To enhance security, some hospitals have built underground bunkers or, in some areas, set up units in caves. Others have operated out of field hospitals and small structures scattered around their cities to limit damages. Top floors of hospitals, which are most susceptible to attacks, are mostly out of commission.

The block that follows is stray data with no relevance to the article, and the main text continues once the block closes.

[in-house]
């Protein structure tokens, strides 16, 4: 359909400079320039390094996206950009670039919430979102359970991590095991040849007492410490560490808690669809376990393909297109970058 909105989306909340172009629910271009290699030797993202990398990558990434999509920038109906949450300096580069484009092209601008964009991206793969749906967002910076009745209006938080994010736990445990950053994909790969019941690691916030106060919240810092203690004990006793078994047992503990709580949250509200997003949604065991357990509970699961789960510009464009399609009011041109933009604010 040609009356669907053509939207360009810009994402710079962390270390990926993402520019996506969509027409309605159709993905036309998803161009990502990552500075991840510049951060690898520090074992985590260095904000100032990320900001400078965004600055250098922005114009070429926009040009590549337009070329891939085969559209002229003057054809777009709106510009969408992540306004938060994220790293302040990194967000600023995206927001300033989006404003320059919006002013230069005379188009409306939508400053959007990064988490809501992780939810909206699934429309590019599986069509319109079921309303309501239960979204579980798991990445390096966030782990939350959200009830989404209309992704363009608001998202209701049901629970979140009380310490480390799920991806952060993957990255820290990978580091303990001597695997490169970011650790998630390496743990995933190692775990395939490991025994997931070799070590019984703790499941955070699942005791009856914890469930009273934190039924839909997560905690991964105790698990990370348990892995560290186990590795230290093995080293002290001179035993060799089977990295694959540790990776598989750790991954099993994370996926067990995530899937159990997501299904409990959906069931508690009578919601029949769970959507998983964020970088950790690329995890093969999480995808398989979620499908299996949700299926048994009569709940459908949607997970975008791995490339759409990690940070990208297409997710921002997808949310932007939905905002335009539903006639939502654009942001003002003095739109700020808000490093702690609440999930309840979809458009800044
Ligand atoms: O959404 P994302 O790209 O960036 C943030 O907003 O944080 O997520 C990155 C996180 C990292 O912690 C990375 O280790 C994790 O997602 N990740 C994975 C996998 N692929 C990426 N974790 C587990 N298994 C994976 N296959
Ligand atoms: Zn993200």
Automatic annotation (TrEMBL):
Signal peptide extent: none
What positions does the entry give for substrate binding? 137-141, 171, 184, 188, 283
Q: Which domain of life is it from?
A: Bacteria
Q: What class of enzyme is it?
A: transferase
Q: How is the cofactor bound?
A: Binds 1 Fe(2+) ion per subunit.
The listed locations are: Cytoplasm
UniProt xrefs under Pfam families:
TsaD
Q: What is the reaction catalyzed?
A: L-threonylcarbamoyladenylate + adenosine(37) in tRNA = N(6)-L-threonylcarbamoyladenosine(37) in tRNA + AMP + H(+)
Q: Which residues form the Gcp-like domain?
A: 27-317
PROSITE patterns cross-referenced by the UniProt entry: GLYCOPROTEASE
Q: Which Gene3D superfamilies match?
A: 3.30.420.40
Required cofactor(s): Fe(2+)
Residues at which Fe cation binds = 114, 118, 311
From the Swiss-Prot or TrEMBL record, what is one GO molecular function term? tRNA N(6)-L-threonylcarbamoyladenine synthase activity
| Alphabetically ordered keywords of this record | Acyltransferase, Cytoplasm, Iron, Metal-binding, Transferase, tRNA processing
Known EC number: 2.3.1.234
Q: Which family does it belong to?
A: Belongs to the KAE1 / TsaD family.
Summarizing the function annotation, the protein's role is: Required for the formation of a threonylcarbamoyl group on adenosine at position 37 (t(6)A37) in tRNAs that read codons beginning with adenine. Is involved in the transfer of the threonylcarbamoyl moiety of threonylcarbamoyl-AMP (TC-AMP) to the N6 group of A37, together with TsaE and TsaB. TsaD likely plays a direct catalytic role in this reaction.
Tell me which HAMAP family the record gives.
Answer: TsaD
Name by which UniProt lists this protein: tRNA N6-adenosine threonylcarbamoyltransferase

Mohamad Katoub, of the Syrian American Medical Society, who has been based in Turkey for the last year, previously worked as a doctor in eastern Ghouta, near Damascus, which has seen some of the fiercest fighting since the Syrian war broke out. Eastern Ghouta was notably the site of a chemical attack by the Syrian regime in 2013 that left possibly more than 1,000 dead. The risk associated with working at hospitals has driven about 90 percent of doctors away from eastern Ghouta, many of them seeking safety in neighboring countries, causing a severe shortage of medical staff that has forced hospitals to rely on unskilled workers. Elsewhere in the country, doctors have also fled. Before the war, Aleppo city had 2,000 physicians. Just 40 remained as of May 2014. Katoub said some hospitals have begun building structures far from city centers – not only to protect hospitals from becoming collateral of Syrian attacks in the city but also to protect civilians in the city from being injured or killed by attacks on hospitals.